That same year she also accepted a directorship at the Bank of New Zealand and on 21 February 1989, Wakefield was appointed deputy to the chairmanship of Frank Pearson.
She stepped down from that position later in the year when she was named chair of the Commerce Commission, created to monitor compliance with new antimonopoly rules. It was a demanding role, requiring a lot of travel and tenacity.
“And we had to fight,” she later said. “The commute to Wellington was an ordeal, but I loved the track and I think I did well. I dispelled inefficiencies, I resisted government pressure to move from merit-based appointment to favouritism.”
In 1989, the “immaculately knowledgeable” Susan Lojkine was one of 31 women profiled by North & South for their work to “shape our lives and the future of the country”.
In 1992, the same year she and Jim married, she was recognized by a Queen’s Service Order for Public Service. She later received the New Zealand Suffrage Centennial Medal and an honorary doctorate in commerce from the University of Canterbury.
In 1994, with a view to retirement, the Wakefields bought a large estate at Scarborough in Christchurch.
Still in Auckland, they launched their first “grand design” – a Frank Lloyd inspired house designed by Warren & Mahoney. Susan Wakefield threw herself into the project, working with architects, designers and contractors to attend every step of the design.
Ravenscar House, named after a coastal village in North Yorkshire and later owned by the Ravenscar Trust, was a grand design clad in honey-coloured Hinuera limestone with an interior of Spanish sandstone and marble floors, oak details and jarrah and honeysuckle steps.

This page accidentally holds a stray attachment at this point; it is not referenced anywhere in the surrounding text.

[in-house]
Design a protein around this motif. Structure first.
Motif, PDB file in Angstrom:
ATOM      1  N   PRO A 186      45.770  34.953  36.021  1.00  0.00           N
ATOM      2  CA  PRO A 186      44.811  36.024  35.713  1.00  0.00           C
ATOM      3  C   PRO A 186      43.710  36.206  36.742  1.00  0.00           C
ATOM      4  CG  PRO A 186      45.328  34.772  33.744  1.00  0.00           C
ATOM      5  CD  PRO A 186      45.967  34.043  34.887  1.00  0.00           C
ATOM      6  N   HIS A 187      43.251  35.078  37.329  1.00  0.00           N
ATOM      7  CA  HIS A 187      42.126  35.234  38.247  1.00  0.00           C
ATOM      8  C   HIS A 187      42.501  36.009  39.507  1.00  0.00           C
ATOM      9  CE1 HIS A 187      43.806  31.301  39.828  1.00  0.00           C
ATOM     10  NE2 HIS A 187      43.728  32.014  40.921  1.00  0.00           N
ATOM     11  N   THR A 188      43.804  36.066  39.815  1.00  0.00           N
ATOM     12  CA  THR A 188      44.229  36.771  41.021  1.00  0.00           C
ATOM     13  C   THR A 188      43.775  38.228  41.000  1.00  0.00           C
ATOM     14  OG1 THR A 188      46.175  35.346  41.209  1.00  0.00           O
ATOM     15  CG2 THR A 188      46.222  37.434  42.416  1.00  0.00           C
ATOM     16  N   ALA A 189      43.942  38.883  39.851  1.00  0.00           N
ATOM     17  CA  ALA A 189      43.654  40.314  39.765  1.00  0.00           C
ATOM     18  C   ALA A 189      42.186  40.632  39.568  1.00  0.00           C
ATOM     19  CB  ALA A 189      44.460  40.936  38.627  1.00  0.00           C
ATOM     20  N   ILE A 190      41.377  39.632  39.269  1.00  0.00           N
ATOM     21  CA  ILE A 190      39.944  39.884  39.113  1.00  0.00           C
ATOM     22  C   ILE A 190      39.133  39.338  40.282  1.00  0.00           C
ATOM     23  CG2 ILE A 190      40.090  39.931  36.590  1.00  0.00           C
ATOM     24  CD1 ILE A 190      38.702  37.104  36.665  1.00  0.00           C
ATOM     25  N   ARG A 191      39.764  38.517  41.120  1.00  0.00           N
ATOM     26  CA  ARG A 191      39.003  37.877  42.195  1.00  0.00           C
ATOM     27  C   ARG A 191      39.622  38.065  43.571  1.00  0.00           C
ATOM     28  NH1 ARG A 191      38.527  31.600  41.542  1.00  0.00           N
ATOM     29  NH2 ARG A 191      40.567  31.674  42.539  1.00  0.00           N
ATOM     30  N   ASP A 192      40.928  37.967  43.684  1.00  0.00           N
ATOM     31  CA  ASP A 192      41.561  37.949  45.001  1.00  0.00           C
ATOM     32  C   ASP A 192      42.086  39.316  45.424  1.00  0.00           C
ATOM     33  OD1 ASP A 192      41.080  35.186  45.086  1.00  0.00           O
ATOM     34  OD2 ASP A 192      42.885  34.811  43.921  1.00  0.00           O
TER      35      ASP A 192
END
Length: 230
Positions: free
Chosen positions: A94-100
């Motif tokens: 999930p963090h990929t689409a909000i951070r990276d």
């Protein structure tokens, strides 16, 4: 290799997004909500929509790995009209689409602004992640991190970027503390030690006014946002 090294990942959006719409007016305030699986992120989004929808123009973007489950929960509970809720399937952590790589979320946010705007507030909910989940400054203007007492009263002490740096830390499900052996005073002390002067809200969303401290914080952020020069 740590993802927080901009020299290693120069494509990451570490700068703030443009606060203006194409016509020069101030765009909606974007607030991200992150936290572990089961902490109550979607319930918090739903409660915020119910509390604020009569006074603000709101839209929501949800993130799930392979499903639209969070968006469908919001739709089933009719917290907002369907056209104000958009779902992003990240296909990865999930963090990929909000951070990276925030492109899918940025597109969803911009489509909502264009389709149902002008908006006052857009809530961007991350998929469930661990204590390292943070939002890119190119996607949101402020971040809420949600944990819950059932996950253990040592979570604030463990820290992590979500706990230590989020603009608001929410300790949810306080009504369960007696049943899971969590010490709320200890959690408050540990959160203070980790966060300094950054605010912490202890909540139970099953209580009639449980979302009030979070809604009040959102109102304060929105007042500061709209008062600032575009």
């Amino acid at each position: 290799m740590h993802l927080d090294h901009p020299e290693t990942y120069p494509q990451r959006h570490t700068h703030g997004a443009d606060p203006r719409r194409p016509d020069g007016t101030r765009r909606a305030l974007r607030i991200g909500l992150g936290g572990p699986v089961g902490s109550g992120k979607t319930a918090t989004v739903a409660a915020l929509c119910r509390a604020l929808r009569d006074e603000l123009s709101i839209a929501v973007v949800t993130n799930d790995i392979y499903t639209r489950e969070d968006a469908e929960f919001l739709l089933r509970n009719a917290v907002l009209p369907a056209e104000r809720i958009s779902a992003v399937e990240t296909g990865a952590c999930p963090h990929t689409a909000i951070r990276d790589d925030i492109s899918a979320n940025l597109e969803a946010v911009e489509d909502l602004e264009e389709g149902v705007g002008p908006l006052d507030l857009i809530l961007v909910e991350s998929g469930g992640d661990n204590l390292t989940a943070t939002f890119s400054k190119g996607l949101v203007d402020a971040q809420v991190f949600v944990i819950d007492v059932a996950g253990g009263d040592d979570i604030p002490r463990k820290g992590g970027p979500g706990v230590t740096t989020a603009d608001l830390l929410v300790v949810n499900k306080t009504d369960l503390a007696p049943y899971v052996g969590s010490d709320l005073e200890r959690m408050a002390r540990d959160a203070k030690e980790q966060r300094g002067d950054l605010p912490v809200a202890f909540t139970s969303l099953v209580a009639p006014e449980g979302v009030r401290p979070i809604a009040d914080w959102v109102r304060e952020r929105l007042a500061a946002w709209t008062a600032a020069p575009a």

The magnitude 6.3 earthquake on February 22, 2011 caused significant damage to the house. Two major aftershocks in June did even more damage. Land inspections showed cracks along the edge of the cliff and cracked rocks under the house. A year later, Ravenscar House was one of 700 Port Hills properties to be red-designated and in 2016 the house was demolished.
Even before the earthquake, the Wakefields wanted to donate their home to the city and display their collection of more than 300 paintings, etchings and lithographs, as well as sculpture, art glass, early Greek and Roman artifacts, books and furniture.
Through the Ravenscar Trust, they had supported several charities including the Christchurch Art Gallery, Isaac Theater Royal, Southern Opera, SCAPE Public Art, Christchurch City Choir and Canterbury Charity Hospital.
In 2002, Wakefield became founder and chairman of the University of Canterbury Foundation, set up to raise money for education. She was also one of the driving forces behind the Local Heroes project, a series of 12 bronze busts of prominent Cantabrians by local sculptor Mark Whyte.
They now decided to use the proceeds from the rebuilding of their home on the hill to fund a new Ravenscar house in a more accessible location in the center of town as a gift to the Canterbury community.
Completed in April 2021, the new Ravenscar House Gallery and Homenominated for last year’s World Architecture Festival, is a sophisticated configuration of dramatic weight and ephemeral illusion, towering walls and soft courtyards.
During a special pre-opening tour of the building, Ravenscar Trust chairman Steve Wakefield fondly recalled Susan Wakefield pronouncing it “better than I ever expected”.
Wakefield is survived by daughters Mary and Frances, stepchildren Wendy, Steve, Sue and Pete, seven grandchildren and three great-grandchildren.